August 26, 2009

Batman: Arkham Asylum: First Impressions

Shawn Lebert Says Among all the mediocre titles the Batman has mustered this past decade, he still remains as one of the most, if not the best, iconic superheroes to be written into comic book history. We still love him no matter all the lackadaisical arrivals on the past three-odd generation consoles. Thinking back, the last suitable and satisfying Batman game experience was perhaps Batman Returns for the Super Nintendo. It was indeed side-scrolling madness, a relatively fun beat-em-up, quite similar to the formula that Super Teenage Mutant Turtles was so fond of using. And for a movie-related gaming title, it was enjoyable.

Hold on tight, as we soar a whopping 17-some years later. Seventeen. We are finally graced with a title that speaks independent from all other Batman titles. Batman: Arkham Asylum for the PlayStation 3 and the Xbox 360 arrives, reinventing and capturing the Batman universe. Quite noticeably, Arkham Asylum roots from the comic source material with crafted inspiration by Tim Sale and Jeph Loeb – real fine artistic style and visual homage to classic Batman graphic novels such as THE LONG HALLOWEEN – as this new title sets stone in a pre-existing, well-developed universe, but performs naturally.

The production value for the title right off feels deep and priceless, given that there was a specific tone that needed to be established and well done for it to be acceptable. Even though it’s a Teen rated game, Arkham Asylum manages to capture mature audiences. Its dark and spooky dimension fits perfectly within the established mythos of the Caped Crusader and becomes an instant attention-grabber moments into the introduction.

The graphics speak for itself, reminiscent of near Gears of War 2 finesse without everything having to blow up. The world feels right at home in the Batman world as the Batmobile screeches to life and roars through the macabre city streets. As the graphics are intense, we’re able to sense the emotion on the characters faces, as their animations are intensely written on their brows; it’s quite amazing. Even Batman looks creepy sometimes when he has to deal with his arch-nemesis.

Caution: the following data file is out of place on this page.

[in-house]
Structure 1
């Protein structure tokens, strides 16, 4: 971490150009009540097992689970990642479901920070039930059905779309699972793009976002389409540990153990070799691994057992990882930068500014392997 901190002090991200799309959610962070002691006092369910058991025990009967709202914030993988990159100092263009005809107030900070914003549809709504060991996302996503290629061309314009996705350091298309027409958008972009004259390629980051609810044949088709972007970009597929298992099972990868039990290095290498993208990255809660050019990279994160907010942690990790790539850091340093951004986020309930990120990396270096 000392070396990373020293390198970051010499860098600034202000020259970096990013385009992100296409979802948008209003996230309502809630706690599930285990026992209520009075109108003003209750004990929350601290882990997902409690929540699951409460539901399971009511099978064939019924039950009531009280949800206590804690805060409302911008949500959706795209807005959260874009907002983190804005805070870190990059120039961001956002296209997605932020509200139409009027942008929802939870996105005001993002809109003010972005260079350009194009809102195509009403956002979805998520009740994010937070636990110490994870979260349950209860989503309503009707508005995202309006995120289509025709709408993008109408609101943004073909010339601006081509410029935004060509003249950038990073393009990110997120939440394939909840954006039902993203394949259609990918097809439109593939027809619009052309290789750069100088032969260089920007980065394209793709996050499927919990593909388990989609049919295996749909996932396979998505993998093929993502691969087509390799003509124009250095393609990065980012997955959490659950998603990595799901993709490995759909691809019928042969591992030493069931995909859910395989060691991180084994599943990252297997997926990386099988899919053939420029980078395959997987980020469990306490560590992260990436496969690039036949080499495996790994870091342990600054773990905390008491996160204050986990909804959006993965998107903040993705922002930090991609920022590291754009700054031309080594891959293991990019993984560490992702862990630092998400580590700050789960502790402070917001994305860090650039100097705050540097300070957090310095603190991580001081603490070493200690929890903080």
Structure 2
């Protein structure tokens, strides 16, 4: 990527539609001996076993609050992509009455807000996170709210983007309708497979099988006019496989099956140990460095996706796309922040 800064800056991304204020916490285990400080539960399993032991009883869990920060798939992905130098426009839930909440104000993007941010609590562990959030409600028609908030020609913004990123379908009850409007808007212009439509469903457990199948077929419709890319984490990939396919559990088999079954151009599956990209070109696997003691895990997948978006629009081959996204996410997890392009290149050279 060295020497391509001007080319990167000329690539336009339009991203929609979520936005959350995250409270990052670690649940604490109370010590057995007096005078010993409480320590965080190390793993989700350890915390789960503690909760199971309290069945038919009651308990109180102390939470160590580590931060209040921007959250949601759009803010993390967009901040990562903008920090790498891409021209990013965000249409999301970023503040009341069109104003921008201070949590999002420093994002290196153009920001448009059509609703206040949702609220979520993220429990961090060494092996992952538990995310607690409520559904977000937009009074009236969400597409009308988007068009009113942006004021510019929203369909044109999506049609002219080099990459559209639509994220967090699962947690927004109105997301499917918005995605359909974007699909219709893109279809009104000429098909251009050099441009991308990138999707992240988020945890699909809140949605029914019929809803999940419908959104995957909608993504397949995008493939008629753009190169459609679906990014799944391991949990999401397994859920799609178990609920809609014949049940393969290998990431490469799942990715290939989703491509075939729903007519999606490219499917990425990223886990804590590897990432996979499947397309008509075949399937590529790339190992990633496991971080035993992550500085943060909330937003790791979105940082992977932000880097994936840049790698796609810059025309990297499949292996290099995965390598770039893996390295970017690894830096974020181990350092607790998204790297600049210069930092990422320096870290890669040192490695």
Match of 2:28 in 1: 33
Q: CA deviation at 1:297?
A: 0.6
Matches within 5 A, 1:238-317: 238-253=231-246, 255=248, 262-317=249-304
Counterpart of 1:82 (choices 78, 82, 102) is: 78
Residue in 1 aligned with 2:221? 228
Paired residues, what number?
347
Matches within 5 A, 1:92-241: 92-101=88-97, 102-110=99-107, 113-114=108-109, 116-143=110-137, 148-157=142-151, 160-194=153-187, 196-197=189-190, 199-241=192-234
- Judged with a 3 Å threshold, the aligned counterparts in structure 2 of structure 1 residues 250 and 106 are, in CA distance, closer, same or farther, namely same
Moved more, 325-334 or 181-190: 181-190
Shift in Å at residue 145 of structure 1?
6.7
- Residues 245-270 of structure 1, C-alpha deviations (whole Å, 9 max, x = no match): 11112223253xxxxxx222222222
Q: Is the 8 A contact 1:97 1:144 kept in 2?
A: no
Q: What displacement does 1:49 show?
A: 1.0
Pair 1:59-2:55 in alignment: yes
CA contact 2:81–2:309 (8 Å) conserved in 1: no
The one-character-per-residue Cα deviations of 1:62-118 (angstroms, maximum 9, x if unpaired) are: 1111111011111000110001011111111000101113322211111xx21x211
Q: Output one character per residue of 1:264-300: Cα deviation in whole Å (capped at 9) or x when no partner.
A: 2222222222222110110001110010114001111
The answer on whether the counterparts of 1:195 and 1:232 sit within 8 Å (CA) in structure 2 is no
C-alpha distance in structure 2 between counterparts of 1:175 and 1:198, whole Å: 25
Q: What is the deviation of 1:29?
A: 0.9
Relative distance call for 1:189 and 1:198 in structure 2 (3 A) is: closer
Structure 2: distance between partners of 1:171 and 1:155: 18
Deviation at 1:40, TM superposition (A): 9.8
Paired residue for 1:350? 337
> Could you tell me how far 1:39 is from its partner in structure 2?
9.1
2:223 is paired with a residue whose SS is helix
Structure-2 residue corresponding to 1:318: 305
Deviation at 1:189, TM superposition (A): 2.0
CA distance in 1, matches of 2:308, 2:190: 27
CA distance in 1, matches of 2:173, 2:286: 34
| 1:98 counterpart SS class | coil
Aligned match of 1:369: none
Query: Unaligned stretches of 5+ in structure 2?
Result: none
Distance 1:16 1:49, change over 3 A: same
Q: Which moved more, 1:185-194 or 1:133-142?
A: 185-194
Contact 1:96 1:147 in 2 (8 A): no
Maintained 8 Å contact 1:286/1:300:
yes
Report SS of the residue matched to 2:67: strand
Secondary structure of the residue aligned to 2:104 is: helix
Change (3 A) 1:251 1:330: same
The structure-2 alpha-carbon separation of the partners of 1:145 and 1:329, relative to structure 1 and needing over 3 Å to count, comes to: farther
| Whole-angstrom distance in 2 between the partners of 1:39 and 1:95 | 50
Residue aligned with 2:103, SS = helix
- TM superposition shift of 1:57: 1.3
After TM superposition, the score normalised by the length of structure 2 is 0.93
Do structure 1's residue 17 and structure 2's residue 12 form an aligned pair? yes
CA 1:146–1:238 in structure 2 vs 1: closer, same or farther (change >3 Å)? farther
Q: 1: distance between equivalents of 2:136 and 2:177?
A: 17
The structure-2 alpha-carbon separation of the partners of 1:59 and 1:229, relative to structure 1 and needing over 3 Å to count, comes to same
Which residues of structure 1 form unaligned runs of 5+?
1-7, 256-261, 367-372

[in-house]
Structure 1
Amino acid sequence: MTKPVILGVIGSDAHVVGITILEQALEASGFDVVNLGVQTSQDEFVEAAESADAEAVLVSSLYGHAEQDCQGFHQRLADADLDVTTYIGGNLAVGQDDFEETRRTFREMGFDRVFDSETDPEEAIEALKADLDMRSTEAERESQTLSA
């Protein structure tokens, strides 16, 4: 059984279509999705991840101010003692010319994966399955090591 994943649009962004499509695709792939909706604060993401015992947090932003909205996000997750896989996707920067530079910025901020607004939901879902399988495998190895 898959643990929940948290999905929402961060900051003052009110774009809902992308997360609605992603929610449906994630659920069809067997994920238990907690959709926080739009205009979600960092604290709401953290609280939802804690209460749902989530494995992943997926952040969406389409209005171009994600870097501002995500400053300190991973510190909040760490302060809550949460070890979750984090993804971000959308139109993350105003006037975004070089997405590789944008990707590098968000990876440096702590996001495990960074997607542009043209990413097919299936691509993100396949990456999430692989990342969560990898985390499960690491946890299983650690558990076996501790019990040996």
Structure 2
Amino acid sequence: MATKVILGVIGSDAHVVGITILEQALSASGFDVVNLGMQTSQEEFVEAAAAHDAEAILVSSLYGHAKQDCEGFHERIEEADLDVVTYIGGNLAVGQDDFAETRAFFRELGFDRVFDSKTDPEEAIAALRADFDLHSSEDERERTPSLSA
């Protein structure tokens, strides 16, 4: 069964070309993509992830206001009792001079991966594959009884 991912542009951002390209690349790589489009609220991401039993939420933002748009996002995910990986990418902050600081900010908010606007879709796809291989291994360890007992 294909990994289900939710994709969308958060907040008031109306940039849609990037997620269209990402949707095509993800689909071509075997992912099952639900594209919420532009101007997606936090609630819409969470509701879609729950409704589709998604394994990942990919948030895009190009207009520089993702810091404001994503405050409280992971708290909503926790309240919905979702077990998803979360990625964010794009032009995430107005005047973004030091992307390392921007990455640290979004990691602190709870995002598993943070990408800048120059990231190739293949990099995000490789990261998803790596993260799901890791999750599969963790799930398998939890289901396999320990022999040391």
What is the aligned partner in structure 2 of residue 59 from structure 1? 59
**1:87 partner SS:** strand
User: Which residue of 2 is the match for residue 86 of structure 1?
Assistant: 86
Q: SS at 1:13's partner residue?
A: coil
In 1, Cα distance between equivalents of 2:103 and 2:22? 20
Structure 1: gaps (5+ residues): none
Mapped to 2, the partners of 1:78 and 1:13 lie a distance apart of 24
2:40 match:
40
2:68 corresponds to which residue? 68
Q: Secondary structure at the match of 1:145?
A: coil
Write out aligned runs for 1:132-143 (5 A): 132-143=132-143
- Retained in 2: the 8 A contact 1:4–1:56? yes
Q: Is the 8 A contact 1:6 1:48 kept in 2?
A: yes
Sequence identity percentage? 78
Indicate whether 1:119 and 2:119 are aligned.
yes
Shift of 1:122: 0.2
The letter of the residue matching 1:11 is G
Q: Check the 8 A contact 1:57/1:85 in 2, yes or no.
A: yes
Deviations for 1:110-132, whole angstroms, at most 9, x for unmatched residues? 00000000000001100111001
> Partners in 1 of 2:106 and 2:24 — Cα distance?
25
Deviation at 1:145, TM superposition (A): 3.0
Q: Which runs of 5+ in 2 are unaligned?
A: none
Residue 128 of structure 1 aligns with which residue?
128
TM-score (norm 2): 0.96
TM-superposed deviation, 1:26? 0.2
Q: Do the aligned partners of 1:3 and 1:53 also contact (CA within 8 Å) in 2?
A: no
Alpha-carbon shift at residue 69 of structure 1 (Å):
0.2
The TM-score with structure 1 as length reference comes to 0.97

The gameplay is simple and fun so far. Navigating through the big corridors of Arkham Asylum is intriguing, given the level of detail on its surroundings. The lighting of the game is an important aspect and creates a dynamic interior. As you venture from place to place, you do feel claustrophobic in its chilling atmosphere, and soon enough you have to deal with psychotic inmates who have conveniently broken out.

The combat is actually addicting. You man-handle all of your opponents with your bare fists, and since Batman takes care of the mess non-lethally, you tend to have a ton of men sprawled all over. The animations in the fights are pretty exciting and the intertwining of counter-attacks makes the fighting sequences smooth and real, just like being the master martial artist himself. There’s a little icon telling you when a certain opponent is about to send Batman a punch or two, and if you’re attentive to your surroundings while performing a combo on someone, you can dodge and counter on someone else right away. The last hit is quite devastating as time goes into slow-mo to reveal that final smash into an enemy, sending him into a nice long nap on the steel flooring.

A new feature for the game is Detective Mode, as you become the master of investigating, in order to dig for clues on where you should travel next or simply hunting for the hidden goods. The area goes to a monotone palette of color, making locations transparent. Unsure of what’s around the corner? Switch on Detective Mode. This isn’t just for investigation, of course, Batman has a wide arsenal, as he too is a science genius. Man, this guy knows everything. Use this mode to seek out temperatures within the area or even detect an individual’s heart rate or their emotional state. It’s incredible how detailed the Detective Mode is because they’ve added more elements than you even need, but the developers kept them in there because Batman is just a badass at needing to know the details.

The voice acting steals from Batman: The Animated Series from the 90s, which comprises of Kevin Conroy as Batman and Mark Hamill as the infamous Joker. Just like the series, the voice acting is thrilling and totally natural – it’s as if these guys have been in the biz for years .. oh wait. They are the perfect voices for these characters and will forever be remembered and loved, as you all believe that already. (BTAS 4 Life)

So far, Batman Arkham Asylum is a top-notch A+ title that everyone should play, whether or not you’re a hardcore Bat geek. If you love games, don’t miss out on this. If you’re neither, I don’t know why you’re reading this. Stay tuned for the full review in the coming week, only at The Goozex Report. Now if you’ll excuse me, I have some riddles I need to solve.